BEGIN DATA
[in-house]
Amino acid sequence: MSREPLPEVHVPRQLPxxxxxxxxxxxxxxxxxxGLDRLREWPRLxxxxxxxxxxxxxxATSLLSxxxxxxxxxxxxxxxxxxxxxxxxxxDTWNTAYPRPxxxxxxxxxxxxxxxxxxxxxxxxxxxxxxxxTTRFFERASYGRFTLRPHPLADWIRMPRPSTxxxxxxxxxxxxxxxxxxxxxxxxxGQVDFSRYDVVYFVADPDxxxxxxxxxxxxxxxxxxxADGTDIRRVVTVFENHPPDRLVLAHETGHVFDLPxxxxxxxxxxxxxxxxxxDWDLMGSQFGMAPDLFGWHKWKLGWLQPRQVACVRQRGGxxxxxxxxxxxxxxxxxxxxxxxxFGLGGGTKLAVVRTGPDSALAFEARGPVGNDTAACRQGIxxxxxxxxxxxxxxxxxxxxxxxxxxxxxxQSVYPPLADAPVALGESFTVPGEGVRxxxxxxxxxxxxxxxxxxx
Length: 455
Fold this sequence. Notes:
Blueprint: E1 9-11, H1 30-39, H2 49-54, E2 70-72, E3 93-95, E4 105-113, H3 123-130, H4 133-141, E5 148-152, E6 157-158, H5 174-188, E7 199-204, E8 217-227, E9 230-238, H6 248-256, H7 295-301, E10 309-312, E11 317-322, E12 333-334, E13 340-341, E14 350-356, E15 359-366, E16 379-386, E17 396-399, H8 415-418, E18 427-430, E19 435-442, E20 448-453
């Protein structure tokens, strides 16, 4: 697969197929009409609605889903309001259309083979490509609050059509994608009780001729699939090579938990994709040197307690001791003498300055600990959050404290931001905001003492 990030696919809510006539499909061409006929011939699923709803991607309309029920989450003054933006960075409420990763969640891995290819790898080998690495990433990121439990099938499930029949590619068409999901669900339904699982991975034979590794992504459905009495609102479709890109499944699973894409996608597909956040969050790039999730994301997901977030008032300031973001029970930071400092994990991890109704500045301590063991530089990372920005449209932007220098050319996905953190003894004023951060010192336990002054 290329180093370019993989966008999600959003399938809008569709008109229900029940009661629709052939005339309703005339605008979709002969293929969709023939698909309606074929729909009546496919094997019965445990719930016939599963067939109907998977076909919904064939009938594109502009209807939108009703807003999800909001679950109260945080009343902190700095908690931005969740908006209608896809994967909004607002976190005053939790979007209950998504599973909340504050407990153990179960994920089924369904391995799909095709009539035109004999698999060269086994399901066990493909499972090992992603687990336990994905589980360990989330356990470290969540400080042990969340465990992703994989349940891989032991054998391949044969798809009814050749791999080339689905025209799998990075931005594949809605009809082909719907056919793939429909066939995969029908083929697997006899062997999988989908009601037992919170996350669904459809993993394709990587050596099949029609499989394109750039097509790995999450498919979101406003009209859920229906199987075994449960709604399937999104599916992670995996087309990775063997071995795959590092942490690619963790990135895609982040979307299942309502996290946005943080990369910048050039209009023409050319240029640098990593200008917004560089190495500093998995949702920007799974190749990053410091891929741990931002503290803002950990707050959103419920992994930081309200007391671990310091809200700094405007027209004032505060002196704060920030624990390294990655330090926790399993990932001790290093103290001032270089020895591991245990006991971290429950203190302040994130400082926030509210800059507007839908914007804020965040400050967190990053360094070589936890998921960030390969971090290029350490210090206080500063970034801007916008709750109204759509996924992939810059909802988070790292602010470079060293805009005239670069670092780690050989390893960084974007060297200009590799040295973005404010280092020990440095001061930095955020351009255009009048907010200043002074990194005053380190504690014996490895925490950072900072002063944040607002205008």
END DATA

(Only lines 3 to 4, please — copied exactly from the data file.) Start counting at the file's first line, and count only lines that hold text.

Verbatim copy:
Length: 455
Fold this sequence. Notes: